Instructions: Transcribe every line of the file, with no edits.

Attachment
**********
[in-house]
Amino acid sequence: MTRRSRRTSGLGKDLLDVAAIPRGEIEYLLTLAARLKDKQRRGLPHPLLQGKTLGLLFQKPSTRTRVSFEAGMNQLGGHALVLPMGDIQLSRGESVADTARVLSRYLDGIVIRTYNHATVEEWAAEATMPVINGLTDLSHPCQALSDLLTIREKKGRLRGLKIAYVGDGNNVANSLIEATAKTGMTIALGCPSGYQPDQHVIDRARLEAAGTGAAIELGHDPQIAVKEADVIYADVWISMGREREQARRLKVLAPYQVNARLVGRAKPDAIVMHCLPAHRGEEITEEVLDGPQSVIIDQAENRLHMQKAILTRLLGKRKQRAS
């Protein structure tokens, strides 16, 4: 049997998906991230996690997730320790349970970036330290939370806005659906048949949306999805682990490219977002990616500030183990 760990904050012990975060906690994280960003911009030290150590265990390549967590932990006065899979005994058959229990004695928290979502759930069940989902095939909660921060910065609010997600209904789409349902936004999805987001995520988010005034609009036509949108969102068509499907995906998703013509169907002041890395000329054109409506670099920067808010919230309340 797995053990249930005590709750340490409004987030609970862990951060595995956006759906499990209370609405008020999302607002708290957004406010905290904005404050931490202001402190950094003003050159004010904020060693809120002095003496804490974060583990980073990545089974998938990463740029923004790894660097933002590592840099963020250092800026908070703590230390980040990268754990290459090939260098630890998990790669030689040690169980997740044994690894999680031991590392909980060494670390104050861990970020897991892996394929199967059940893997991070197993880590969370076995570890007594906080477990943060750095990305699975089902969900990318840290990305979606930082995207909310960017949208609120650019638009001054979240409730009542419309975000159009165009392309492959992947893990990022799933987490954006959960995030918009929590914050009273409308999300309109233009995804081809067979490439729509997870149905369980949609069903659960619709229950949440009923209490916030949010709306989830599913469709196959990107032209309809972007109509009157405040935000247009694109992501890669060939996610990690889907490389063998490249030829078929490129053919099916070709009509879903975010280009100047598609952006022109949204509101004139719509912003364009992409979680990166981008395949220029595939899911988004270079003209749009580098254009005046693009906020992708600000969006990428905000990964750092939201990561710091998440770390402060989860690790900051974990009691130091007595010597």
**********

[in-house]
Amino acid sequence: MTRRSRRTSGLGKDLLDVAAIPRGEIEYLLTLAARLKDKQRRGLPHPLLQGKTLGLLFQKPSTRTRVSFEAGMNQLGGHALVLPMGDIQLSRGESVADTARVLSRYLDGIVIRTYNHATVEEWAAEATMPVINGLTDLSHPCQALSDLLTIREKKGRLRGLKIAYVGDGNNVANSLIEATAKTGMTIALGCPSGYQPDQHVIDRARLEAAGTGAAIELGHDPQIAVKEADVIYADVWISMGREREQARRLKVLAPYQVNARLVGRAKPDAIVMHCLPAHRGEEITEEVLDGPQSVIIDQAENRLHMQKAILTRLLGKRKQRAS
């Protein structure tokens, strides 16, 4: 049997998906991230996690997730320790349970970036330290939370806005659906048949949306999805682990490219977002990616500030183990 760990904050012990975060906690994280960003911009030290150590265990390549967590932990006065899979005994058959229990004695928290979502759930069940989902095939909660921060910065609010997600209904789409349902936004999805987001995520988010005034609009036509949108969102068509499907995906998703013509169907002041890395000329054109409506670099920067808010919230309340 797995053990249930005590709750340490409004987030609970862990951060595995956006759906499990209370609405008020999302607002708290957004406010905290904005404050931490202001402190950094003003050159004010904020060693809120002095003496804490974060583990980073990545089974998938990463740029923004790894660097933002590592840099963020250092800026908070703590230390980040990268754990290459090939260098630890998990790669030689040690169980997740044994690894999680031991590392909980060494670390104050861990970020897991892996394929199967059940893997991070197993880590969370076995570890007594906080477990943060750095990305699975089902969900990318840290990305979606930082995207909310960017949208609120650019638009001054979240409730009542419309975000159009165009392309492959992947893990990022799933987490954006959960995030918009929590914050009273409308999300309109233009995804081809067979490439729509997870149905369980949609069903659960619709229950949440009923209490916030949010709306989830599913469709196959990107032209309809972007109509009157405040935000247009694109992501890669060939996610990690889907490389063998490249030829078929490129053919099916070709009509879903975010280009100047598609952006022109949204509101004139719509912003364009992409979680990166981008395949220029595939899911988004270079003209749009580098254009005046693009906020992708600000969006990428905000990964750092939201990561710091998440770390402060989860690790900051974990009691130091007595010597």